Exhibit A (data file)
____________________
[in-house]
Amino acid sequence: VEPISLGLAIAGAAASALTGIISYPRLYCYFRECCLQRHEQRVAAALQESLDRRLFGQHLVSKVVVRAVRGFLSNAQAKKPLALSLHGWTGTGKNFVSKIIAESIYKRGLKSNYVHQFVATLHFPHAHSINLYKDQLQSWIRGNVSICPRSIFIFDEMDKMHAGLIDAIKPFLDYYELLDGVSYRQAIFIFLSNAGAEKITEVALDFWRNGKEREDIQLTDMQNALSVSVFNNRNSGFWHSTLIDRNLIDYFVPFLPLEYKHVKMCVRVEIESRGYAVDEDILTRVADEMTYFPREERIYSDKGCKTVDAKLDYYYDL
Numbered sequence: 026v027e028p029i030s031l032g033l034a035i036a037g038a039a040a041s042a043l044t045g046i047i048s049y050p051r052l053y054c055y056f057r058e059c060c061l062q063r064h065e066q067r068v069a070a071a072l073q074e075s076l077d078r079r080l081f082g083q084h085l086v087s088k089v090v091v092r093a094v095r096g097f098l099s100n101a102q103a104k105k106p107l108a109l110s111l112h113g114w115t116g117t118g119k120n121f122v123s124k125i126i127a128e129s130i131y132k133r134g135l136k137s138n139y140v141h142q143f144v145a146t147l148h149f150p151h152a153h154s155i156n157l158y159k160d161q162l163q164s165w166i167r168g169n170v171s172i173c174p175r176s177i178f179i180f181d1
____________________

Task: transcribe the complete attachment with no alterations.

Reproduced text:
[in-house]
Amino acid sequence: VEPISLGLAIAGAAASALTGIISYPRLYCYFRECCLQRHEQRVAAALQESLDRRLFGQHLVSKVVVRAVRGFLSNAQAKKPLALSLHGWTGTGKNFVSKIIAESIYKRGLKSNYVHQFVATLHFPHAHSINLYKDQLQSWIRGNVSICPRSIFIFDEMDKMHAGLIDAIKPFLDYYELLDGVSYRQAIFIFLSNAGAEKITEVALDFWRNGKEREDIQLTDMQNALSVSVFNNRNSGFWHSTLIDRNLIDYFVPFLPLEYKHVKMCVRVEIESRGYAVDEDILTRVADEMTYFPREERIYSDKGCKTVDAKLDYYYDL
Numbered sequence: 026v027e028p029i030s031l032g033l034a035i036a037g038a039a040a041s042a043l044t045g046i047i048s049y050p051r052l053y054c055y056f057r058e059c060c061l062q063r064h065e066q067r068v069a070a071a072l073q074e075s076l077d078r079r080l081f082g083q084h085l086v087s088k089v090v091v092r093a094v095r096g097f098l099s100n101a102q103a104k105k106p107l108a109l110s111l112h113g114w115t116g117t118g119k120n121f122v123s124k125i126i127a128e129s130i131y132k133r134g135l136k137s138n139y140v141h142q143f144v145a146t147l148h149f150p151h152a153h154s155i156n157l158y159k160d161q162l163q164s165w166i167r168g169n170v171s172i173c174p175r176s177i178f179i180f181d1